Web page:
Wisdom from a man in a cage
When a prison resident becomes a danger to themselves or others, he/she can be placed in Administrative Segregation, also called AdSeg for short or, familiarly, “the hole.” A few weeks ago, I visited, for the first time, a Donovan resident recently sent to AdSeg. And it definitely created a new experience. I walked into a familiar-looking housing unit to step into the unfamiliar world of AdSeg, which started with being given a protective vest to wear. The cement walls and metal doors made every movement in the corridor a very noisy one. I waited in a clinician’s office until Bernard (name changed) was escorted in, locked into a metal cage they call a module and then de-handcuffed. Just a few days prior, he and I had been sitting side-by-side exchanging stories and insights. Now, for the first time, I was speaking to another human locked up in a metal cage.
I looked past the metal cage to connect to this human being who has been a creative, loving, dynamic and genuine member of one of my teams. And despite the cage and the incident, the human being was still strongly present. Bernard instantly acknowledged his regret for having lost his cool. “I’m upset at myself. I know better now. It’s shown me that I still have rage I have to release.” (Like so many men inside, that rage was the response modeled to him his entire childhood.) And then, unprompted and unsolicited, Bernard moved into articulating: “And I’m ready to do the work. Being in AdSeg is a blessing. There are here the resources to help me and I’m going to use them to address this rage. This is the last time I am in AdSeg.”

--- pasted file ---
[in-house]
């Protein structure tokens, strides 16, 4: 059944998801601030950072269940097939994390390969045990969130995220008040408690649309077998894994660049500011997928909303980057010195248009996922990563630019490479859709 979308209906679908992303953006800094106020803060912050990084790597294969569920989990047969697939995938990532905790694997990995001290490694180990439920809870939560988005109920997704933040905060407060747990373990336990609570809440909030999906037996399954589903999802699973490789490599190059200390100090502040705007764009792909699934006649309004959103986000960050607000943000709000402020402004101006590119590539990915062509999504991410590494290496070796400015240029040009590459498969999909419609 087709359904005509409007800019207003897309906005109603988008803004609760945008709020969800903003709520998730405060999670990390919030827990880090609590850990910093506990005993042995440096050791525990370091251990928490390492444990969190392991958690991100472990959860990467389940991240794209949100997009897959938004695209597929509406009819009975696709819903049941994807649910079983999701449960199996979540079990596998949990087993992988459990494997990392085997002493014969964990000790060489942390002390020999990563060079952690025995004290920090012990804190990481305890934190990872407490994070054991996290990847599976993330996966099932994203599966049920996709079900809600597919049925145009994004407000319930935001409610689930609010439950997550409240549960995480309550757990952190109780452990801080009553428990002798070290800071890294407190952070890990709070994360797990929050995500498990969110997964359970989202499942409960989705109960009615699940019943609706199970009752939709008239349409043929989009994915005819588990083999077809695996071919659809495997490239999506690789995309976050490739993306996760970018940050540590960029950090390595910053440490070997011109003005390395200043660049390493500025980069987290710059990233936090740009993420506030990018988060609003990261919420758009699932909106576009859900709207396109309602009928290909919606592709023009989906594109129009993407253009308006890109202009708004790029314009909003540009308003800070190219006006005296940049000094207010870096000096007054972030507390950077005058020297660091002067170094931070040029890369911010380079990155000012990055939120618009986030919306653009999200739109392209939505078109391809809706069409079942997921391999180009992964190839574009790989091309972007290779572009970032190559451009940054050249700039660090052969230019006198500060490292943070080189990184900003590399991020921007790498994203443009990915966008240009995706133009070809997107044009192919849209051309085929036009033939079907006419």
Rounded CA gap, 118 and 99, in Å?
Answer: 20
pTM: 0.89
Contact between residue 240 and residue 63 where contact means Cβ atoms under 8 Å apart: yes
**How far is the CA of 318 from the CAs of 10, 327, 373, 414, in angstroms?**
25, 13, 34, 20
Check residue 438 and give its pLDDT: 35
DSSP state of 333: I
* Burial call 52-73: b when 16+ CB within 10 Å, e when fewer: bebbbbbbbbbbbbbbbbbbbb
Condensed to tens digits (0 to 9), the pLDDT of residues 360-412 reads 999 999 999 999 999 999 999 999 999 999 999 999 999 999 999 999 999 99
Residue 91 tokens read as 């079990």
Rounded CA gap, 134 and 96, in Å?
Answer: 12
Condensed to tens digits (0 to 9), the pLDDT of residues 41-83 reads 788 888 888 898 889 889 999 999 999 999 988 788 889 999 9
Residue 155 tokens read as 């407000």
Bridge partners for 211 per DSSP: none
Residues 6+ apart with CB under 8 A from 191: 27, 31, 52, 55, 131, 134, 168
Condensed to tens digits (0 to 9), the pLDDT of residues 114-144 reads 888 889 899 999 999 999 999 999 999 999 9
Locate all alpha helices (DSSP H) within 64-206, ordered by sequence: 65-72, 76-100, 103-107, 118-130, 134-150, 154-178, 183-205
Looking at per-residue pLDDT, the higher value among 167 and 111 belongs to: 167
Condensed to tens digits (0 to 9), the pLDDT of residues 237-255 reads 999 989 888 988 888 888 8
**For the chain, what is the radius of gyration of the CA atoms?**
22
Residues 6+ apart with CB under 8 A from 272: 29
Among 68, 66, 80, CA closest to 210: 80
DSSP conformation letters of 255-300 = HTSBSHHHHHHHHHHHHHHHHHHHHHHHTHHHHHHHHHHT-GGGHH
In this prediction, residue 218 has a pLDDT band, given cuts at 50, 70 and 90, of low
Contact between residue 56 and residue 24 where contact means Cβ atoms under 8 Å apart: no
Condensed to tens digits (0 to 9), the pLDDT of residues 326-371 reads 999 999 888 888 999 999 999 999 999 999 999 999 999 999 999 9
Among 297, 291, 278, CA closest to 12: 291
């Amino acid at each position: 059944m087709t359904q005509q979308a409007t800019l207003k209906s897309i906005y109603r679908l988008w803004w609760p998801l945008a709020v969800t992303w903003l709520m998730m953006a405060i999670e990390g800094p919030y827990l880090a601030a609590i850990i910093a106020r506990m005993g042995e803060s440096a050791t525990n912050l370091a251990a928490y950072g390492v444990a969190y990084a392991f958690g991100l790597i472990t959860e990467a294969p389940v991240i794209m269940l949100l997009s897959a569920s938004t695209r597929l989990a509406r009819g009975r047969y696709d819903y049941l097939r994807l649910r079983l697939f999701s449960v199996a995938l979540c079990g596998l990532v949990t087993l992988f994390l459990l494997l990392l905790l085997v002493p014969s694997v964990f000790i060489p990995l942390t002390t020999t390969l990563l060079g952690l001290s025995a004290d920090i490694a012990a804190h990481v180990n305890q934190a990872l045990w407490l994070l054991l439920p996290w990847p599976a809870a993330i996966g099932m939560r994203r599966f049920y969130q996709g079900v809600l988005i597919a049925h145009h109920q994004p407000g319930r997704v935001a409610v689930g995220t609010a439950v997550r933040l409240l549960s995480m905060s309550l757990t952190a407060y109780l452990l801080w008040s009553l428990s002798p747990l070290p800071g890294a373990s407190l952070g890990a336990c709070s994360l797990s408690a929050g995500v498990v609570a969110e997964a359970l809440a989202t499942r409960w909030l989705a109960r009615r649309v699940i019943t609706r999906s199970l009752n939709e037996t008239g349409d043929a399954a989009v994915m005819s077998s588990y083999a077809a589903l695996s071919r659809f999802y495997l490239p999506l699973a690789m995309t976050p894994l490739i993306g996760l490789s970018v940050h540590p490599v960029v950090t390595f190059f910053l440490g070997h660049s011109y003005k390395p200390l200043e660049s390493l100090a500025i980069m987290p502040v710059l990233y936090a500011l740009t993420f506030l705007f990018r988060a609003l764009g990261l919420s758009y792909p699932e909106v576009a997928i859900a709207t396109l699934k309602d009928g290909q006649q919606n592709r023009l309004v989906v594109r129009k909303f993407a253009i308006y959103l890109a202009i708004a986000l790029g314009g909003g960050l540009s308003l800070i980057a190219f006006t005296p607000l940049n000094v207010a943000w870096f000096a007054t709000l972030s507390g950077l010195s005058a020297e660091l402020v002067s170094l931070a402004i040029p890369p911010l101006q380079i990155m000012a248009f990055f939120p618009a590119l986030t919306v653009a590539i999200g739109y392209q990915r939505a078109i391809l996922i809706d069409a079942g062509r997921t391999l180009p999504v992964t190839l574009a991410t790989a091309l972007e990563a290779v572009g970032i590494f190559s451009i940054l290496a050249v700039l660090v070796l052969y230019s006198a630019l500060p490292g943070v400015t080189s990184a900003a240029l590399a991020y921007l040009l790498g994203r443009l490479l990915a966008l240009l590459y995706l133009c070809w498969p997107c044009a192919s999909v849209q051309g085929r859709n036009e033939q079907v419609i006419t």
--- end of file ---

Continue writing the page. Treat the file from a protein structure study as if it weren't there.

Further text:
Too good to be true? Only time will tell. Here’s what I know. First, many men enter AdSeg angry, rageful and with zero interest in uncovering the “causative factors” to their actions, seeing in their rage their advocate. Second, many other men speak of AdSeg as the start of their transformation towards positive change. Therefore, clearly, AdSeg can be either a blessing or a curse. And the outcome depends entirely on the men’s decision to create the blessing or the curse.
Seeing a man in a cage is not a pleasant experience. Hearing him committed to using this “punishment” as an opportunity to grow and change transforms the circumstances into beauty. It turns out, this is the only thing we can ask of each other. Growth comes with its ups and downs (as stated in this post for last spring). Can we have the patience to hold people with love during the downs so that the downs can become the bottom that creates a new up?